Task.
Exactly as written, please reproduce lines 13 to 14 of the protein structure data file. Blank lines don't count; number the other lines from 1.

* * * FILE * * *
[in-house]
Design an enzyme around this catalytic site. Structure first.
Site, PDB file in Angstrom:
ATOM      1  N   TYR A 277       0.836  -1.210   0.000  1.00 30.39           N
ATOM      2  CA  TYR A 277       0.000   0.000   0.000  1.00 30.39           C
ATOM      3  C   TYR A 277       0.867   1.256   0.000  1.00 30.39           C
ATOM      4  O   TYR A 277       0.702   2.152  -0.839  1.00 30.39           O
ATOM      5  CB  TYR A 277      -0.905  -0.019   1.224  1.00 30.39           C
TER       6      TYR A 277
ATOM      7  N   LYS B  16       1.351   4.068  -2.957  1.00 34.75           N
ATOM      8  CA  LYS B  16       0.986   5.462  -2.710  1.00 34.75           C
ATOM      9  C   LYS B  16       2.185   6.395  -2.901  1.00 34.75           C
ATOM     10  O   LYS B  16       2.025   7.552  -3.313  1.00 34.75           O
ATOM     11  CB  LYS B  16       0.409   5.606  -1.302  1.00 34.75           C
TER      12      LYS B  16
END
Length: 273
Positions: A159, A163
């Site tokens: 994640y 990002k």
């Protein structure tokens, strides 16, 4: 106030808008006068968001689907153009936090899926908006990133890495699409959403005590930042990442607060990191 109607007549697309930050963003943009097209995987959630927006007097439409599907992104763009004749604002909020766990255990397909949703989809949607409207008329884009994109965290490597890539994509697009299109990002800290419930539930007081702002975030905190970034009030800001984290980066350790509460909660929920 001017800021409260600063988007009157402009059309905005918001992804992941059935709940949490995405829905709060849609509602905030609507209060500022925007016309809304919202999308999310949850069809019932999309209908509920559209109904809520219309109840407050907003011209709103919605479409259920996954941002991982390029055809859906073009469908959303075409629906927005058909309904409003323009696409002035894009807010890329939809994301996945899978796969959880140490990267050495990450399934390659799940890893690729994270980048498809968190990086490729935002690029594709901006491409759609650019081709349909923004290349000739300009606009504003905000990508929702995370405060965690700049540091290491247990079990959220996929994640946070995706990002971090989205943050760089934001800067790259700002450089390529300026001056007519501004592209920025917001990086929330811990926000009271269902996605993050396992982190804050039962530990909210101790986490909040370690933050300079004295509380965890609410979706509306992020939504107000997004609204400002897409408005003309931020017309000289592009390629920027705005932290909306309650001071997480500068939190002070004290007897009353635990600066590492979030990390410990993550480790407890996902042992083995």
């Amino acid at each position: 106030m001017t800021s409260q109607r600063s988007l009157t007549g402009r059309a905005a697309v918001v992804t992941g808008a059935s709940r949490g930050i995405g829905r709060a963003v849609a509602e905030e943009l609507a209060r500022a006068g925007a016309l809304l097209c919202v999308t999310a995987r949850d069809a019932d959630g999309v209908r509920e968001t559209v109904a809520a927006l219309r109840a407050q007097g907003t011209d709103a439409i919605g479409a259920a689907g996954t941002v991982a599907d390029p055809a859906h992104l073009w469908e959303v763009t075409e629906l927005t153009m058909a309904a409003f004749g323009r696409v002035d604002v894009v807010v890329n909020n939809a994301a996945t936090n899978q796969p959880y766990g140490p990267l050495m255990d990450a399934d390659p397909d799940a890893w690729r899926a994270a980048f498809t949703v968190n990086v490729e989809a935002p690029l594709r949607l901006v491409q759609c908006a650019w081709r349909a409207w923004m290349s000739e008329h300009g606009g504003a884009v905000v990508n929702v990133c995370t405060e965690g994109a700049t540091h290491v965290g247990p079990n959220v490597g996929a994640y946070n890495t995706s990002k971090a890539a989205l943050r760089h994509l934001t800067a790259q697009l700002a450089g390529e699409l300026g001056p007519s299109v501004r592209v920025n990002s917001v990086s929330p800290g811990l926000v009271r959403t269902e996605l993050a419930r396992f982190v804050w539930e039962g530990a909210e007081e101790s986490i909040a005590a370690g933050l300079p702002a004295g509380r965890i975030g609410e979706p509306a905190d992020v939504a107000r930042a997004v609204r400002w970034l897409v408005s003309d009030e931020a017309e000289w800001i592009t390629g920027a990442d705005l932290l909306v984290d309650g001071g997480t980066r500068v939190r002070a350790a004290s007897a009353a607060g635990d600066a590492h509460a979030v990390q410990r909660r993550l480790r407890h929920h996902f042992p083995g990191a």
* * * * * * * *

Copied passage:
ATOM     10  O   LYS B  16       2.025   7.552  -3.313  1.00 34.75           O
ATOM     11  CB  LYS B  16       0.409   5.606  -1.302  1.00 34.75           C